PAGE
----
It’s no secret that Google regularly collaborates with intelligence agencies.
In the wake of the January 6th Capitol event, the FBI used Google location data to pwn attendants with nothing more than a valid Gmail address and smartphone login:
A stark reminder that carrying a tracking device with a Google login, even with the SIM card removed, can mean the difference between freedom and an orange jump suit in the Great Reset era.
But Google also operates its own internal intelligence agency – complete with foreign regime change operations that are now being applied domestically.
And they’ve been doing so without repercussion for over a decade.
From Google Ideas to Google Regime Change
In 2010, Google CEO Eric Schmidt created Google Ideas. In typical Silicon Valley newspeak, Ideas was marketed as a “think/do tank to research issues at the intersection of technology and geopolitics.“
Astute readers know this “think/do” formula well – entities like the Council on Foreign Relations or World Economic Forum draft policy papers (think) and three-letter agencies carry them out (do).
And again, in typical Silicon Valley fashion, Google wanted to streamline this process – bring everything in-house and remake the world in their own image.
To head up Google Ideas, Schmidt tapped a man named Jared Cohen.
He couldn’t have selected a better goon for the job – as a card-carrying member of the Council on Foreign Relations and Rhodes Scholar, Cohen is a textbook Globalist spook. The State Department doubtlessly approved of his sordid credentials, as both Condoleeza Rice and Hillary Clinton enrolled Cohen to knock over foreign governments they disapproved of.
Google Ideas’ role in the 2014 Ukraine regime change operation is well-documented. And before that, their part in overthrowing Mubarak in Egypt was unveiled by way of the Stratfor leaks.
More recently, the role of Google Ideas in the attempted overthrow of Assad in Syria went public thanks to the oft-cited Hillary Clinton email leaks:
Please keep close hold, but my team is planning to launch a tool on Sunday that will publicly track and map the defections in Syria and which parts of the government they are coming from.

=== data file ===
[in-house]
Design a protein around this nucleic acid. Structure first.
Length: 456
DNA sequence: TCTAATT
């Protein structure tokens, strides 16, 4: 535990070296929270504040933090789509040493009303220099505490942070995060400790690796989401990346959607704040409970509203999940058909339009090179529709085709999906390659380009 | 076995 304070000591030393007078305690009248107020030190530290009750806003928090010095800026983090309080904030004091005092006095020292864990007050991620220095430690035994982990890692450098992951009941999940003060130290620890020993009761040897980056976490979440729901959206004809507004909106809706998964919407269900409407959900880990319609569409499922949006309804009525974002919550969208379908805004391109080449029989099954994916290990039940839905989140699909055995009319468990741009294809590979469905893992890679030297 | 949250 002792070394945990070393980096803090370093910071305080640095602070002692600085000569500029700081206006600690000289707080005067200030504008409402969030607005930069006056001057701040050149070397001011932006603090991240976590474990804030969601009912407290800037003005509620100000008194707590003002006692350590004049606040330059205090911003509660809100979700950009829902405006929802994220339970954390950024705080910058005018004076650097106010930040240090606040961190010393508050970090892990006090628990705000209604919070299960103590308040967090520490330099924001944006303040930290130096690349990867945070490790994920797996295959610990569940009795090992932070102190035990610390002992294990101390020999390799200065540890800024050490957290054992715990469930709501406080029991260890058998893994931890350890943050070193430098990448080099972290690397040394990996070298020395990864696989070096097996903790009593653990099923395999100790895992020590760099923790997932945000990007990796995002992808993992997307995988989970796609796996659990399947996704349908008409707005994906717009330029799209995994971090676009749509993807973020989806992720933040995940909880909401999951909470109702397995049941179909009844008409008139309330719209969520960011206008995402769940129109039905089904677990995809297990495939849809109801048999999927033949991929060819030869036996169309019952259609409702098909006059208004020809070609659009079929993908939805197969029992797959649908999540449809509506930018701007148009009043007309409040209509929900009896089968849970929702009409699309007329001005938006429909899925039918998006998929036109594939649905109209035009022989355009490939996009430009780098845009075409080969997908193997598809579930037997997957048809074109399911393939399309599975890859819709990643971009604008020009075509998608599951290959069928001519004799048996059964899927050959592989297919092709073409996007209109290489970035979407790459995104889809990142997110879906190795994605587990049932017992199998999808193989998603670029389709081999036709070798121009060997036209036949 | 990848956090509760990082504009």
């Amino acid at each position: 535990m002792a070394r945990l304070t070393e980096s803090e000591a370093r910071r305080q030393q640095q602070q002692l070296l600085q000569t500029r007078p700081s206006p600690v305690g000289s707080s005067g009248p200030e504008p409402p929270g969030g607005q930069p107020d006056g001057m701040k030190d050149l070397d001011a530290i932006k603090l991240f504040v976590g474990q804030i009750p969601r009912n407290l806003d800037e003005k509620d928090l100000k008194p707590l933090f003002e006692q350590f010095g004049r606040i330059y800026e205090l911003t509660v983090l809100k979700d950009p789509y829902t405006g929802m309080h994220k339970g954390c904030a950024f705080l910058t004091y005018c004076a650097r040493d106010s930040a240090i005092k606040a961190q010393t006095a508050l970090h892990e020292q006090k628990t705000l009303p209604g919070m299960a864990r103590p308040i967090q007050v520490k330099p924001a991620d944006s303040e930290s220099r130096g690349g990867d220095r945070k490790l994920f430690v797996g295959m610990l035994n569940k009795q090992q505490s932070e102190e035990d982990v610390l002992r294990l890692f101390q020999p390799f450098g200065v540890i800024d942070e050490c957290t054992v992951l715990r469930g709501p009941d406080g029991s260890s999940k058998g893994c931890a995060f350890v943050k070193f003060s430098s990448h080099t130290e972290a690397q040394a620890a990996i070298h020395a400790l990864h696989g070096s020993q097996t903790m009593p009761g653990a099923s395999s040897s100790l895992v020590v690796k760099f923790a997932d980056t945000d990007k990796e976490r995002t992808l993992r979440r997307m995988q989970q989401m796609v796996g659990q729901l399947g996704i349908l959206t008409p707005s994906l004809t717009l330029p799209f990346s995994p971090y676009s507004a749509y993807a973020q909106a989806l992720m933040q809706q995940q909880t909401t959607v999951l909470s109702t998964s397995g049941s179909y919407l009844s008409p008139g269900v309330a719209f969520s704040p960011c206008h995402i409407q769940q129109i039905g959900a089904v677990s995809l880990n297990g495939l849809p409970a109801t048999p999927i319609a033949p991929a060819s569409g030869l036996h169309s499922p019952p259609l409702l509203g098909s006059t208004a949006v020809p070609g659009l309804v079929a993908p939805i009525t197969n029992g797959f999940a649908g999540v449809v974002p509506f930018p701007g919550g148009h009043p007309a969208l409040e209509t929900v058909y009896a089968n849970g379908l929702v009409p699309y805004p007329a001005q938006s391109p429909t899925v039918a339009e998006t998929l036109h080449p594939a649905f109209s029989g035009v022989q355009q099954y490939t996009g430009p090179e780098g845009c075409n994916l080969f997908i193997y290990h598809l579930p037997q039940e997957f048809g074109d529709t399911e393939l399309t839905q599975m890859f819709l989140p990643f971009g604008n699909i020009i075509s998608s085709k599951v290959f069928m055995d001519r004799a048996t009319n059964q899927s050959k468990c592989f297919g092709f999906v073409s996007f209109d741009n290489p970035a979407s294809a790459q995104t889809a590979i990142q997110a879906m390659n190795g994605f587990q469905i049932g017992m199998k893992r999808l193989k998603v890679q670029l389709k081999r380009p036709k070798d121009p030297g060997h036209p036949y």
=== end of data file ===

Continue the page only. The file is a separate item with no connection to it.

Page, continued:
Our logic behind this is that while many people are tracking the atrocities, nobody is visually representing and mapping the defections, which we believe are important in encouraging more to defect and giving confidence to the opposition.
Given how hard it is to get information into Syria right now, we are partnering with Al-Jazeera who will take primary ownership over the tool we have built, track the data, verify it, and broadcast it back into Syria. I’ve attached a few visuals that show what the tool will look like. Please keep this very close hold and let me know if there is anything eke you think we need to account for or think about before we launch. We believe this can have an important impact.
-Jared Cohen to State Dept. Officials, July 25, 2012
With all this mounting evidence, surely Google Ideas was decommissioned. Surely Jared Cohen was swiftly ousted from his position at one of America’s premier Big Tech darlings for crimes against humanity, right?
Of course not!
Why scrap all that hard work when you can just rebrand and shift your regime change operations to domestic targets?
Google Jigsaw – USA Psyop Edition
Google Ideas was renamed Google Jigsaw in 2015 after years of bad press and controversy – this time with an eye on performing psychological operations in the United States.
But all that experience data mining and overthrowing Middle Eastern nations wasn’t just thrown out. Rather, Jigsaw repurposed its internal psychological operations program (code-named Operation Abdullah) to instead target “right-wing conspiracy theorists,” as revealed by privacy researcher Rob Braxman.
Using a technique known as the redirect method, Jigsaw attempts to populate outbound links to dissuade potential thought-criminals from looking at wrongthink.
Make no mistake – the redirect method is about more than manipulation of search engine results. It’s one thing to manipulate the content of searches based on query strings, but to target the psychology of the searcher themselves requires an accurate psychological profile of the person doing the searching.
And Google has psych profiles in spades thanks to centralized Google logins: To Android phones, to Gmail accounts, to adjunct services like YouTube, even to children via Google Classroom.
You don’t even need to use Google’s search engine to populate them with weaponized data. In fact, search alone provides far fewer avenues for offensive metadata usage than a cell phone.